Fri04292016

News

Loyola Corners economics, traffic rise to top of planning concerns

Loyola Corners economics, traffic rise to top of planning concerns

Alicia Castro/Town Crier
Loyola Bridge construction parallel to the Fremont Avenue frontage may lead officials to alter circulation plans for the area.

Loyola Corners stakeholders last week mulled the issues that will likely shape the area&rsquo...

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Schools

LAHS Green Team commemorates Earth Week

LAHS Green Team commemorates Earth Week


Traci Newell/Town Crier
Los Altos High School Green Team members, above, quiz their classmates about water conservation. The club distributed plants as prizes during the club’s Earth Week activities.

Members of the Los Altos High School Green...

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Community

Local pianist, 11, slated to perform Saturday at statewide competition

Local pianist, 11, slated to perform Saturday at statewide competition


Courtesy of the Cha family
Spencer Cha plays piano at a Santa Clara University recital. The sixth-grader also enjoys soccer, tennis, golf and skiing.

Spencer Cha has come a long way since he first sat down at the piano at age 2.

“I remem...

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Sports

Spartans net second place, eye top prize next season

Spartans net second place, eye top prize next season


Megan V. Winslow/Town Crier
Jeremy Hsu, Mountain View High’s top singles player, competes against Pinewood Thursday. The Spartans won the match 7-0.

With freshmen playing the top three spots in singles, the future of the Mountain View High boy...

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Comment

Los Altos at a leadership crossroads: Editorial

Don’t look now, but there could be some major changes ahead regarding how the Los Altos city government is run.

The current city council has the opportunity to hire a new city manager in the wake of Marcia Somers’ recent resignation. Fur...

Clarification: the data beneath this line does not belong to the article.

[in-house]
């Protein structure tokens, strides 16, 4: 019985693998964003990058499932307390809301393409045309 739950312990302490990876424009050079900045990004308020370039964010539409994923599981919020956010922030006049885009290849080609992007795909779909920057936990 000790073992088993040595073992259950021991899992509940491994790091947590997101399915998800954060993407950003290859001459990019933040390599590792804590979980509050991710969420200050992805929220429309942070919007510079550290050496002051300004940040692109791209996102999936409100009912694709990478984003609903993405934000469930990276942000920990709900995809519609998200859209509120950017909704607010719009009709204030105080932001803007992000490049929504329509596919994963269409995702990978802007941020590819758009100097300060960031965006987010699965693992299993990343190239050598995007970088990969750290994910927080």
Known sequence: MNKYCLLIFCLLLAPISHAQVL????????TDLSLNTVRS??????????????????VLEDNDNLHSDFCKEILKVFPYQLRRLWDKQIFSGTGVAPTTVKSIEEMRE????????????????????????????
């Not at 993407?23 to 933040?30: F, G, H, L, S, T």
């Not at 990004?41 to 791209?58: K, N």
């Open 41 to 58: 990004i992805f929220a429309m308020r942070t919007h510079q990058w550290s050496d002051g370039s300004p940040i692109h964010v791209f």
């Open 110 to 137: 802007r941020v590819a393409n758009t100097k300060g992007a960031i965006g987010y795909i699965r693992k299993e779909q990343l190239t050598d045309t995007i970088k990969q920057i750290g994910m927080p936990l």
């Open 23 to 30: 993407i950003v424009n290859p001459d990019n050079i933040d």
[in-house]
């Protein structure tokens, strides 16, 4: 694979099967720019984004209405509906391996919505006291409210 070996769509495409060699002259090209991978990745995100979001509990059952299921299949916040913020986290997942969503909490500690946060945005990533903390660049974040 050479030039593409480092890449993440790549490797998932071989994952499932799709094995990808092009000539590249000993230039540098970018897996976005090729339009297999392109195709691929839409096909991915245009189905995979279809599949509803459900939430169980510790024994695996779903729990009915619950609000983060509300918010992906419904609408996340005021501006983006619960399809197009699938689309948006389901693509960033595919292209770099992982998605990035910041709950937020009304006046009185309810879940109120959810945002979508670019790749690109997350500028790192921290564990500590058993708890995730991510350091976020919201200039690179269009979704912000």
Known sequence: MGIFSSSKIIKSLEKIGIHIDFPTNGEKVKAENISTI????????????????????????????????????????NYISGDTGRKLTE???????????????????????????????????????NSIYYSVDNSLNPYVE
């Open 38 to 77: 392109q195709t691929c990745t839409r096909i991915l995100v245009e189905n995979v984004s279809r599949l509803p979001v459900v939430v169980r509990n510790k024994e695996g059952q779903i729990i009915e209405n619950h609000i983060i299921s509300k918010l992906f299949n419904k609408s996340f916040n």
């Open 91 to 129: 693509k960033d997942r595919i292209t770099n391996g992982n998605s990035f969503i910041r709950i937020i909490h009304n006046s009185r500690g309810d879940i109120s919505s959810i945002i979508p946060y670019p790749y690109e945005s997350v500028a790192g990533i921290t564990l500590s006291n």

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Special Sections

How to personalize the wedding bar

How to personalize the wedding bar


Christine Moore/Special to the Town Crier
A seasonal signature cocktail adds interest beyond the standard wedding bar’s spirits and mixers. Focus on one set of fresh ingredients, such as blueberries, blackberries and mint for a dose of budget...

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Business

Farmers prepare to market season's bounty

Farmers prepare to market season's bounty


Alicia Castro/Town Crier
Journeyman farmer Jen Friedlander waters Hidden Villa’s greenhouse plants, which will grow stronger in the controlled indoor environment before being transferred to the field outdoors.

Around Hidden Villa, the gree...

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People

BUOL JOANNE DOUGHERTY

BUOL JOANNE DOUGHERTY

1930-2016

Heaven gained a beautiful angel today. Our beloved mother’s blessed life ended in her Los Altos home surrounded by her loving family on April 18, 2016.

Buol Joanne Dougherty was born Sept. 28, 1930 in Chicago. At the age of two, M...

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Stepping Out

'Catch' comes to conclusion LA Stage Co. comedy  ends run this weekend

'Catch' comes to conclusion LA Stage Co. comedy ends run this weekend


Richard Mayer/Special to the Town Crier
Bryan Moriarty, left, stars as Yossarian and John Stephen King plays the Psychiatrist in Los Altos Stage Company’s “Catch-22.”

Los Altos Stage Company’s presentation of “Catch...

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Spiritual Life

Should I stay with dealership for service after agreement ends?

Q: The dealership maintenance program that came with my new car a few years back is running out, and I would rather not continue going to the dealer for service or repairs. If I take my car to an independent shop, how can I be sure that my “baby” is serviced correctly and will stay healthy for years to come? And what about the manufacturer’s warranties? Will they stay intact?